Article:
ANNAPOLIS, MD — A measure to help improve diversity in Maryland’s new medical marijuana industry received final approval by the General Assembly on Monday, as lawmakers worked toward a midnight deadline when the legislative session is scheduled to end.
Maryland lawmakers also will be working on measures designed to improve school safety and fight crime.
The bill adds 7 grow licenses and 13 processor licenses, and includes diversity measures.
The medical marijuana measure increases the number of grower licenses from 15 to as many as 22. Two licenses are set aside for two companies that sued over the licensing process and four more will be up for grabs.
The measure takes steps to help minority-owned companies receive those licenses, based on a study earlier this year that concluded minorities have faced obstacles to entering similar industries in the past. The bill also increases the number of cannabis processor licenses from 15 to 28.
Del. Cheryl Glenn, the Baltimore Democrat who has led the fight for an expanded role for African-Americans left out in the first round of grower’s license awards, told Baltimore Sun reporter Michael Dresser she was thrilled with the bill’s passage. “It’s great, great,” she said. “We are breaking ground with legislating diversity.”
A spokesperson for Maryland Gov. Larry Hogan said the governor will review the bill closely before making a signing decision.
The Sun’s Dresser added:
The medical marijuana compromise resolves an issue that has bedeviled the legislature for two years. General Assembly leaders opened the session in January with the hope that they could finish work on it by the end of that month.
Other Measures Moving Today
The school-safety measure, which has been advancing with bipartisan support, would create a variety of standards and guidelines statewide. The House gave the measure preliminary approval on Saturday with some changes to the Senate legislation. The bill now would require public high schools to have either a school resource officer or plans for adequate law enforcement coverage by the upcoming school year. Other schools, such as middle and elementary schools, would need to have the plans in place for the school year that begins in 2019.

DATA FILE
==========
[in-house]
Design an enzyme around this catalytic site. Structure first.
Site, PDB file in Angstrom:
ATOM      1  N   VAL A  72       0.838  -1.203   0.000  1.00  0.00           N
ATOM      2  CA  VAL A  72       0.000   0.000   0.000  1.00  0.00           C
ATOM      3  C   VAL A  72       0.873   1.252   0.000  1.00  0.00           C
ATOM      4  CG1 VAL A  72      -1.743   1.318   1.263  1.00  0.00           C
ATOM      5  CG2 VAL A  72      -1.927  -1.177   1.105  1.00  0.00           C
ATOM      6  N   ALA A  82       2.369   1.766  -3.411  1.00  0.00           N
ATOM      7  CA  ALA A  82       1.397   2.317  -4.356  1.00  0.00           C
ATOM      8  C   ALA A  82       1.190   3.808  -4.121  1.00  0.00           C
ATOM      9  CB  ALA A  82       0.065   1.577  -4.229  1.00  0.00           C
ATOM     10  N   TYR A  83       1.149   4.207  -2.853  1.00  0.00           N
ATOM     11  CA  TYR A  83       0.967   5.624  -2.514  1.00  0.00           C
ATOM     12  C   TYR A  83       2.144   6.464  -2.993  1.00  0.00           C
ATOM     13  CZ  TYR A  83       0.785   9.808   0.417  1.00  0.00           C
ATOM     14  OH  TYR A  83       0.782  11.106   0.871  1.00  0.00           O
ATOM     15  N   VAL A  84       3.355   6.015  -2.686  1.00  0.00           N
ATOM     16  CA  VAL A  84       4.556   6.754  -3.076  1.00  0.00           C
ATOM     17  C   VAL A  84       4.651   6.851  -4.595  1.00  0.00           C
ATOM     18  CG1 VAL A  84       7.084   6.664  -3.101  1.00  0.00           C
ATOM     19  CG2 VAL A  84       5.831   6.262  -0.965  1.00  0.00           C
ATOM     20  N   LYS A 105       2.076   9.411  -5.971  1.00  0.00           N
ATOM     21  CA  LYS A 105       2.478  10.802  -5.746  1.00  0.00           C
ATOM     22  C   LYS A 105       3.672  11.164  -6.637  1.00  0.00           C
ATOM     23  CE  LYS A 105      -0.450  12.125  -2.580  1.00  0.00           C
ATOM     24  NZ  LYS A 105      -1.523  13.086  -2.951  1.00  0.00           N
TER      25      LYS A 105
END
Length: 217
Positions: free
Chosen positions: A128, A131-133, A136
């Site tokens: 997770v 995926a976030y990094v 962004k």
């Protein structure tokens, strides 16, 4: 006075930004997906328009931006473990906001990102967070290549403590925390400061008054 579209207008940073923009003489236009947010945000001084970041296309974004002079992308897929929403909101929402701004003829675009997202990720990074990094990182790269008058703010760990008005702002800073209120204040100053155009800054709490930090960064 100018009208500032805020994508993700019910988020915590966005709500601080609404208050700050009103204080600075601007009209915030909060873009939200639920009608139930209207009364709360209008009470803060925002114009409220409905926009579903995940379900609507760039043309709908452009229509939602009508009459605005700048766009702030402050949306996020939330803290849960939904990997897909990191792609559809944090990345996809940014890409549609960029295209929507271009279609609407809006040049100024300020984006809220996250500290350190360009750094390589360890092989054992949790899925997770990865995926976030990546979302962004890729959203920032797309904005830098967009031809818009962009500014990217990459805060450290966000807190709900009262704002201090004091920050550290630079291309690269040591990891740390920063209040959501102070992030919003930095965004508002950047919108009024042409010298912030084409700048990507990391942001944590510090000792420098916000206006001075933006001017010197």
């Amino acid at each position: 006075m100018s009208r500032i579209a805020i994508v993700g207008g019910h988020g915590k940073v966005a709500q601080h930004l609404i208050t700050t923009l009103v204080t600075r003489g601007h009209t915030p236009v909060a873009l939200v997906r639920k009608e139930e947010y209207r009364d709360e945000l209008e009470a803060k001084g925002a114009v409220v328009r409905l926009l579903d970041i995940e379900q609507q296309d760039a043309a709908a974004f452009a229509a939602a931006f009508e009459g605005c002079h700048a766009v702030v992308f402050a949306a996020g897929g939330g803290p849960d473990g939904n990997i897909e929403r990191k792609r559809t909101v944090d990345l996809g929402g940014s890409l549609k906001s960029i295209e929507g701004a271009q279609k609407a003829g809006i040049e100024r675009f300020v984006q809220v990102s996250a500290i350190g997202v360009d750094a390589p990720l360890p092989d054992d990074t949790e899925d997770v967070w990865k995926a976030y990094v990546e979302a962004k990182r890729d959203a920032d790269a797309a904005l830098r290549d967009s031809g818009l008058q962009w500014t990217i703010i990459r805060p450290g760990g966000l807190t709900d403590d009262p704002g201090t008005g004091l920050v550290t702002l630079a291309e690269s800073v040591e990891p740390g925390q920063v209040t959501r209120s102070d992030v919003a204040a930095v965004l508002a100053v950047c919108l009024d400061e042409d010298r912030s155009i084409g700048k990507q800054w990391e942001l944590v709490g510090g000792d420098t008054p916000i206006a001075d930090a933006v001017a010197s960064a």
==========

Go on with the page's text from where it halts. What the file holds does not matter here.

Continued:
Lawmakers and Gov. Larry Hogan proposed legislation to increase school safety after the February school shooting in Parkland, Florida. The issue has received extra attention in the state after the March 20 shooting in southern Maryland at Great Mills High School, where a student shot and killed a former girlfriend before killing himself.
Legislators already have set aside about $41 million in the budget to make school safety improvements.
The General Assembly also will be working on a package of legislation to fight crime. On Saturday, the House passed two bills after carving up a comprehensive Senate bill that had been criticized for creating mandatory minimum sentences for a variety of crimes. The House rejected all but one of those, keeping a 10-year mandatory minimum sentence for a second offense of using a firearm in committing a violent crime.
Progress on Expungement
In response to criticism from criminal justice reform advocates, the House included a provision to allow people to expunge criminal records after 15 years for the crimes of possession with intent to distribute drugs, burglary, and theft.
The legislation expands wiretapping authority for prosecutors on gun investigations. Penalties for witness intimidation increase from five to 10 years for inducing false testimony or retaliation for testimony. One provision is aimed at helping to prosecute volume dealers of fentanyl, the lethal ultra-potent opioid.
The Senate also is taking up several measures approved by the House to add funding to programs aimed at fighting crime. One of them adds $3.6 million to Baltimore’s Safe Streets program, which uses mediators to steer young adults away from violence and connect them to services.
The measures come after Baltimore had 342 murders in 2017 and set a record for homicides on a per-capita basis.
Lawmakers also will be working on differences between the House and Senate on legislation to change how the General Assembly handles sexual harassment complaints. Complaints would be referred to an independent investigator, unless the person who filed it doesn’t want that to happen. The bill also would expand the legislature’s policy to cover lobbyists. Last month, a state senator accused a lobbyist of inappropriately touching her in a bar. The lobbyist denied the allegations. Also, three female state lawmakers publicly discussed sexual harassment they’ve experienced while working in the statehouse.
The session is concluding with elections in the backdrop. Voters will be deciding all of the General Assembly’s 188 seats in November, as well as statewide offices like governor, attorney general and comptroller.